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I have an existing method (or function in general) which I need to grow additional functionality, but I don't want to break any use of the method elsewhere in the code. Example:

int foo::bar(int x)
{
 // a whole lot of code here
 return 2 * x + 4;
}

is widely used in the codebase. Now I need to make the 4 into a parameter, but any code that already calls foo::bar should still receive what it expects. Should I extend and rename the old method and wrap it into a new one like

int foo::extended_bar(int x, int y)
{
 // ...
 return 2 * x + y;
}

int foo::bar(int x)
{
 return extended_bar(x,4);
}

or should I declare a default argument in the header file like

int bar(int x, int y=4);

and just extend the function

int foo::bar(int x, int y)
{
 // ...
 return 2 * x + y;
}

What are advantages and disadvantages of each variant?

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Seems like style rather than substance to me. Both are workable solutions. –  Robert Jun 2 '09 at 17:45

3 Answers 3

up vote 6 down vote accepted

I usually use a wrapper function (via overloading most of the time) instead of default parameters.

The reason is that there are two levels of backward compatibility:

  1. Having source-level backward compatibility means that you have to recompile the calling code without changes, because the new function signatures are compatible to the old ones. This level can be achieved with both; default values and wrappers/overloading.

  2. A stronger level is binary-level backward compatibility, which even works without recompilation, e.g. when you don't have access to the calling code. Imagine you deploy your function in binary form, like in a DLL, etc. In such a case, the signatures have the be exactly the same to make it work, which is not the case for default values - they will break this level of compatibility.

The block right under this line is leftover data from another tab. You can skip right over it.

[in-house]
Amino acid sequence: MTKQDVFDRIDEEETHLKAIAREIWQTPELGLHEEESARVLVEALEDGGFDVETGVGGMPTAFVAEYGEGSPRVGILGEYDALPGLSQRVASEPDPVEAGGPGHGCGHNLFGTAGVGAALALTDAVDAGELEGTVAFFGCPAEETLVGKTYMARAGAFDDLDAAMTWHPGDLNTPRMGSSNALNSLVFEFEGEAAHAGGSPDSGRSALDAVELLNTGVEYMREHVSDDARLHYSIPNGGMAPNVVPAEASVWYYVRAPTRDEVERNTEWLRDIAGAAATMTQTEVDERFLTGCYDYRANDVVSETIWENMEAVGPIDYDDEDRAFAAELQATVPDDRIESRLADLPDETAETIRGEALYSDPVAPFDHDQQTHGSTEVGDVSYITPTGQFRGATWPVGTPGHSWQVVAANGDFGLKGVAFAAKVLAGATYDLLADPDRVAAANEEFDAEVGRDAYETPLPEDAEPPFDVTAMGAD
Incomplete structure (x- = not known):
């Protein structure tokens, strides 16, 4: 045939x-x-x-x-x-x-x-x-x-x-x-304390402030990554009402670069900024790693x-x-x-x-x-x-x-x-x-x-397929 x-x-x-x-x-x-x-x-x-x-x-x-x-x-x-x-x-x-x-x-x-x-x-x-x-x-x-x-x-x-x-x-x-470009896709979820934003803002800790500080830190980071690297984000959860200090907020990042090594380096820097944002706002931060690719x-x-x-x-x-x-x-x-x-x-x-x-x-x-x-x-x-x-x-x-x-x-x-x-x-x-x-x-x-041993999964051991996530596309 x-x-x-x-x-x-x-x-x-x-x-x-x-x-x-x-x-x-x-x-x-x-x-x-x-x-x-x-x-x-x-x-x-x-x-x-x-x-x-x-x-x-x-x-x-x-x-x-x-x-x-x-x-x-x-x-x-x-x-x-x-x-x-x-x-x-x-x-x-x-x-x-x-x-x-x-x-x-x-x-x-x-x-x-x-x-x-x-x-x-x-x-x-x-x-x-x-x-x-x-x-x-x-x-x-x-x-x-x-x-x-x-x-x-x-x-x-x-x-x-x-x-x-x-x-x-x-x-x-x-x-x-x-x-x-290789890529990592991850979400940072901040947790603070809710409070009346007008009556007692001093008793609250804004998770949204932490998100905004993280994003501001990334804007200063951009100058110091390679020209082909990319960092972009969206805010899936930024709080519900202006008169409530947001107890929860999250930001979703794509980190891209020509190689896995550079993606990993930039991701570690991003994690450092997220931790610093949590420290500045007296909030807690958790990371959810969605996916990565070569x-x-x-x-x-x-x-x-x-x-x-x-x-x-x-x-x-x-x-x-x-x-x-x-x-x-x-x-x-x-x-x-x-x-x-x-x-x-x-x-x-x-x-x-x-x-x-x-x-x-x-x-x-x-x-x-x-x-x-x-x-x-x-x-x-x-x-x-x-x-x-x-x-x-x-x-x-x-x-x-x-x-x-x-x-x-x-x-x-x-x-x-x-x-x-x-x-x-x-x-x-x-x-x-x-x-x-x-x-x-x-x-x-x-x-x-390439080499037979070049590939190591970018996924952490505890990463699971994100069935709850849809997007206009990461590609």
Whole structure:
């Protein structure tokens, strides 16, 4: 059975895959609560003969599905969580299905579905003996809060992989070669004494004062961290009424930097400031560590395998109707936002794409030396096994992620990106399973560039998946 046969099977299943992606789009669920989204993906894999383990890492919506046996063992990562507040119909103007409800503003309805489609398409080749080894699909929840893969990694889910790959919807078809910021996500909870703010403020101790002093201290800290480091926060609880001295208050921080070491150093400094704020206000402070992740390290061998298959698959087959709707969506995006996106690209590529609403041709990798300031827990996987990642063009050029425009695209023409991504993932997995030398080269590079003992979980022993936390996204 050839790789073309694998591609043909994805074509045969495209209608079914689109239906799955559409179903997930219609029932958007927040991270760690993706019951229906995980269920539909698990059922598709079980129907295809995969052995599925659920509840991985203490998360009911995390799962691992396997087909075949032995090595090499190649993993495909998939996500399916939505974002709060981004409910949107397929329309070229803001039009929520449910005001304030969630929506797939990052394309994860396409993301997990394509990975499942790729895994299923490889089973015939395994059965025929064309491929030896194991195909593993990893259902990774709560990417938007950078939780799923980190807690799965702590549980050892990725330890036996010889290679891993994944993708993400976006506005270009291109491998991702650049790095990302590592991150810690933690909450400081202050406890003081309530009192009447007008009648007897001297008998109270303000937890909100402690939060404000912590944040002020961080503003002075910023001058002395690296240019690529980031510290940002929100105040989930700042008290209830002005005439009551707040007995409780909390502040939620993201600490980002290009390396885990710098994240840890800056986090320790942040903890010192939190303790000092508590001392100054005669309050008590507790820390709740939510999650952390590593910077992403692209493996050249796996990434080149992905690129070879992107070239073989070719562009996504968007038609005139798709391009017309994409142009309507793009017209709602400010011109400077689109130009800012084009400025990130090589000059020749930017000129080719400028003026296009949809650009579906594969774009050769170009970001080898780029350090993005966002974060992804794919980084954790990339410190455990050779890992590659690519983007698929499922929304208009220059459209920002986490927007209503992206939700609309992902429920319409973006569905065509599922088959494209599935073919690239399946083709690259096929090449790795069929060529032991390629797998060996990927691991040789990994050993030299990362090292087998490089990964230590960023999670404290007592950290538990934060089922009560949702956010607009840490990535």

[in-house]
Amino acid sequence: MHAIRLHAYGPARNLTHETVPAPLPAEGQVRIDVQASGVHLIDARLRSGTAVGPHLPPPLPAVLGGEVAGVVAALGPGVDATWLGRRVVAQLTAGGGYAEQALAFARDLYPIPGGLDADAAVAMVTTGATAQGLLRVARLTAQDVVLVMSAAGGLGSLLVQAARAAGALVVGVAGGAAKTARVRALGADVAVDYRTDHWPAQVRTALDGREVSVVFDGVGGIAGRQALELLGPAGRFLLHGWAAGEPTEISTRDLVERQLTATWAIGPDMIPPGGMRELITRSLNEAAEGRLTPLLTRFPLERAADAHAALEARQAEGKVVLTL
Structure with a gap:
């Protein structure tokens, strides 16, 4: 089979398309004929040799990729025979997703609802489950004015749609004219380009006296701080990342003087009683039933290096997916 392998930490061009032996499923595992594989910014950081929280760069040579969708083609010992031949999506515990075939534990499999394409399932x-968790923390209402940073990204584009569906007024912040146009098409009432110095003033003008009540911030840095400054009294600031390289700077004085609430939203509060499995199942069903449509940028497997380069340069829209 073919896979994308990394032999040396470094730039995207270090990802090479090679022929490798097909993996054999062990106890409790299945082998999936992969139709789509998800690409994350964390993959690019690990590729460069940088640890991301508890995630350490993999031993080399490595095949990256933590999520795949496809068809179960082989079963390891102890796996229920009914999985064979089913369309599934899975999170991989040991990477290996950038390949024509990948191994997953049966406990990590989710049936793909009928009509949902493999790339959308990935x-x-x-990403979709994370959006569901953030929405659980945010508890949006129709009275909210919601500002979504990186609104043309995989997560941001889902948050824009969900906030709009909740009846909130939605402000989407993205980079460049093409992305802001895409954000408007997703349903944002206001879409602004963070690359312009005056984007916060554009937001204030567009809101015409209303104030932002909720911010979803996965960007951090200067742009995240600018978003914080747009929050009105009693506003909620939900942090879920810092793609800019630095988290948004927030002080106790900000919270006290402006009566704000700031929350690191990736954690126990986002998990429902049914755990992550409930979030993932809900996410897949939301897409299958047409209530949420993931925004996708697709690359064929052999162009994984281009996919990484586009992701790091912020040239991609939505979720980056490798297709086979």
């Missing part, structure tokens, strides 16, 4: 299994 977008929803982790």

Another advantage of wrapper functions is - if your application has logging of any kind - you can dump out a warning in the old function that it will become obsolete in future versions and that it is recommended to use the new one.

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The longer I use C++, the less I like default function parameters. I can't pinpoint any specific reason for my dislike, but I find that if I use them, I almost always end up removing them later. So my (subjective) vote goes for the new named function - the name could of course be same as that of the old one.

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I personally believe that implicit behaviors are (one of) the roots of all evil.

Anything that obfuscates for a maintainer or caller the identity of the target being invoked should have a very strong justification, especially if it is part of a major API.

Therefore, I would argue strongly against the option with the default operation.

In addition, I believe that if a certain function can be invoked with a different number of parameters, then there is something inherently different both versions of the function or they are doing too much. The distinction should probably be in the name, and should probably be more meaningful than "_extended"

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I agree on your last paragraph, it should rather be bar_with_adjustable_summand(x,y) or the like. But what would be the solution concerning your first problem, if I need to control an additional parameter in an otherwise unchanged function? –  balpha Jun 2 '09 at 18:40

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